I started hiking the three-kilometer through the dark with the guys. It felt familiar to me, having run and hiked countless miles in the darkness back home.
There were no streetlights, no house lights, no electricity. The only lights were the stars in the sky. The road was dirt and there were no cars. The only sounds were our own voices and the shrill sound of insects and animals in the jungle. The air was cool for the first time that day. We walked quickly and nervously. Coming into a clearing, we entered a village with no lights, except for a few candles. We were startled to realize people were approaching us from huts, lining the road. Their beautiful ebony skin rendered them almost invisible in the night. I felt vulnerable, seeing a glimpse of a machete in one of their hands. I said “Hello”, and smiled, trying to hide my fear as I gazed into the whites of their eyes. Onward we walked.
At 10 p.m. we came to the place where our first driver had stopped on the way up earlier in the afternoon. He was there, along with the truck full of our ladies who had driven down ahead of us.
Together the two drivers were trying to decide what to do with us now. The driver who had refused to come up the hill was now refusing to drive us to town. He claimed that the air in one of the tires was too low, in spite of the efforts that he made to inflate it with a bicycle tire pump. What did he expect us to do? Walk back to town?!
“No! You will not leave half our team up here in the dark!” It was Heidi who spoke up.
“I will not drive you,” was his terse reply. He yelled at someone on his cell phone as he walked away from the vehicle.
This man had never dealt with Heidi, or he would have known better.
“Fine. If you will not drive our team down, I will!” announced Heidi.
She proceeded to open the driver’s door to his truck. She jumped in the driver seat and found the keys. Cranking the ignition, she started the truck and shifted it into drive. “Everyone, load up the trucks. We are not staying up here any longer!” Heidi ordered as she commandeered the vehicle.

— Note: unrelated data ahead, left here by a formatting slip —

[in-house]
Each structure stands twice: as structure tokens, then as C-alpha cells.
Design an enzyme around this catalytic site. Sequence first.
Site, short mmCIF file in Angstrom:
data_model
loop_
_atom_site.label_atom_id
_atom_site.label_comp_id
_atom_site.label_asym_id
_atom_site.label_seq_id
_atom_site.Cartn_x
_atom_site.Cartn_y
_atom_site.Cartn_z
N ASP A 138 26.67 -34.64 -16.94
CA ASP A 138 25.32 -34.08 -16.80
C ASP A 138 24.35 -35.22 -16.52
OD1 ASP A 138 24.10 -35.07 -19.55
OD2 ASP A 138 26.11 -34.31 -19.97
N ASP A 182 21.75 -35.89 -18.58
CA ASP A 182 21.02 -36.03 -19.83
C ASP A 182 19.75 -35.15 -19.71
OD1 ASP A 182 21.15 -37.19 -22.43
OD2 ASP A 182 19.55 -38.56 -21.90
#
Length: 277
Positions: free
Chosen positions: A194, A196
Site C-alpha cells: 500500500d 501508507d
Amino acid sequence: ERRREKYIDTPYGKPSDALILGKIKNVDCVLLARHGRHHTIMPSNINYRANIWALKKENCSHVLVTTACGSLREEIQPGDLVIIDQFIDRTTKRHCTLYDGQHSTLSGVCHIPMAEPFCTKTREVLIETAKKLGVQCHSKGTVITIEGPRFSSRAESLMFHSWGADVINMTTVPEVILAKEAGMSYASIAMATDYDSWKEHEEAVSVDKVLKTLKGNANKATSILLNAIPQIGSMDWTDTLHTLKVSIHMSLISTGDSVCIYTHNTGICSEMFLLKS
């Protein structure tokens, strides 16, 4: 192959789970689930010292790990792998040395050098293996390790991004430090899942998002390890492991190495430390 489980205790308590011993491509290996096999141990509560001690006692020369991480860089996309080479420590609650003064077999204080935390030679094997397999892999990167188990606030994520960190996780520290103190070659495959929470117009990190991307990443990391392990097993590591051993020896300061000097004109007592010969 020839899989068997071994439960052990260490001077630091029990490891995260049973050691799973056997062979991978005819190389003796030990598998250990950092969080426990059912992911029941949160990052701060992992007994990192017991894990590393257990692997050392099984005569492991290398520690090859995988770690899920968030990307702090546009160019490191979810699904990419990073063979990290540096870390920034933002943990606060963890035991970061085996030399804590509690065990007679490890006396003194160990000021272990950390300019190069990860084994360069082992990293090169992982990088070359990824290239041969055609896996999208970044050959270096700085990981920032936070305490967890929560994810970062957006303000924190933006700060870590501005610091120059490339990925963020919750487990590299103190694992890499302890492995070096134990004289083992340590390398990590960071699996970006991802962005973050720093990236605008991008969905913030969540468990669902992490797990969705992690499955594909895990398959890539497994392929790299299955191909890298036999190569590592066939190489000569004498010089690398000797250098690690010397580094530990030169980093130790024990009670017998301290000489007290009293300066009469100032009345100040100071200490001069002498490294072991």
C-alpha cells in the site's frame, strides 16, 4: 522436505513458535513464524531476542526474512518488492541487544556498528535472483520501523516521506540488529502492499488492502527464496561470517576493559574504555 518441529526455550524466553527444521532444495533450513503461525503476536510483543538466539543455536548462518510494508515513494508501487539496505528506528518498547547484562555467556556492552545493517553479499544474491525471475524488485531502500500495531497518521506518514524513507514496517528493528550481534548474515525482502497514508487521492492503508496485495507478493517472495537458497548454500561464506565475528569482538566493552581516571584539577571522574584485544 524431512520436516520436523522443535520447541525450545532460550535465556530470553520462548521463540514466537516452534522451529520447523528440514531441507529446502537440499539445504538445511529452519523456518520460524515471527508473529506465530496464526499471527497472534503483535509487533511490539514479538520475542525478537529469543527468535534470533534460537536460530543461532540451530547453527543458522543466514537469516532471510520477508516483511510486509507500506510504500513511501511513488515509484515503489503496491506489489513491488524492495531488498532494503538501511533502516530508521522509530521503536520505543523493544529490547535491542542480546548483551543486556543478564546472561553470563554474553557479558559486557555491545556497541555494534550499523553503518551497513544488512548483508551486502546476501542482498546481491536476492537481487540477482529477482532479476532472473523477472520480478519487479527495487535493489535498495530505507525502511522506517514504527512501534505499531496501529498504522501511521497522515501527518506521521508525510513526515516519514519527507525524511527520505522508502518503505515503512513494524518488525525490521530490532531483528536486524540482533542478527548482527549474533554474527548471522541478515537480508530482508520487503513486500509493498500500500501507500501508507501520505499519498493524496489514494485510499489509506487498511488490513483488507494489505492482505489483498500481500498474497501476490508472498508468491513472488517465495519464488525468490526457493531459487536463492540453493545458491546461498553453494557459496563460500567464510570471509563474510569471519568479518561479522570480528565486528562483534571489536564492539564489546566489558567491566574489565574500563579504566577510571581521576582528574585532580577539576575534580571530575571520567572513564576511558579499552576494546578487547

The Haitian driver looked wide-eyed, confused, angry, and uncertain. He had survived an earthquake, but he had never encountered the “mama bear” protective instincts of this American woman.
I stood in the darkness, watching, feeling completely out of control.
Reluctantly, the exasperated Haitian driver acquiesced to the demands of Heidi.
In retrospect, I have to admit that the ability of the first truck to have successfully made it up and down the mountain was questionable. But we had paid him to drive us and he had agreed to do so.
The engine whined and the truck vibrated as we meandered closer to the city of Jacmel. A foul smell began emitting from the engine. A grinding sound was coming from one of the wheels. I braced myself, fearing that the wheel might fall off at any moment. At 10:45 p.m., we limped into the driveway of our hotel. As we unloaded, the drivers gazed at me furiously, blaming me for the “damage” done to the truck.
We all were accounted for. We had made it back alive. What was supposed to have been a relaxing and restful afternoon had turned into a series of unfortunate events that revealed the weaknesses of every one of us. Having survived the heat, the danger, and the struggle, we dubbed our excursion “The Haitian Death March”. We smiled as we filed to our rooms, digging for late-night snacks from our luggage.
There is something about the trials and struggles of life that bonds people together, like nothing else. I felt the gracious hand of God had been working overtime to protect us, sustain us, and get us through that day. We had barely avoided many disasters, and now we were safe.
When you feel truly out of control, remember, there is a God who will take you through the dark.
I will lead the blind by ways they have not known,
along unfamiliar paths I will guide them;
I will turn the darkness into light before them
and make the rough places smooth.
These are the things I will do;
I will not forsake them.
• When have you felt completely out of control?
• In retrospect, how was God present at that moment?
• When has God placed you in a chaotic situation? What was the purpose of you being there?
Steve & Chris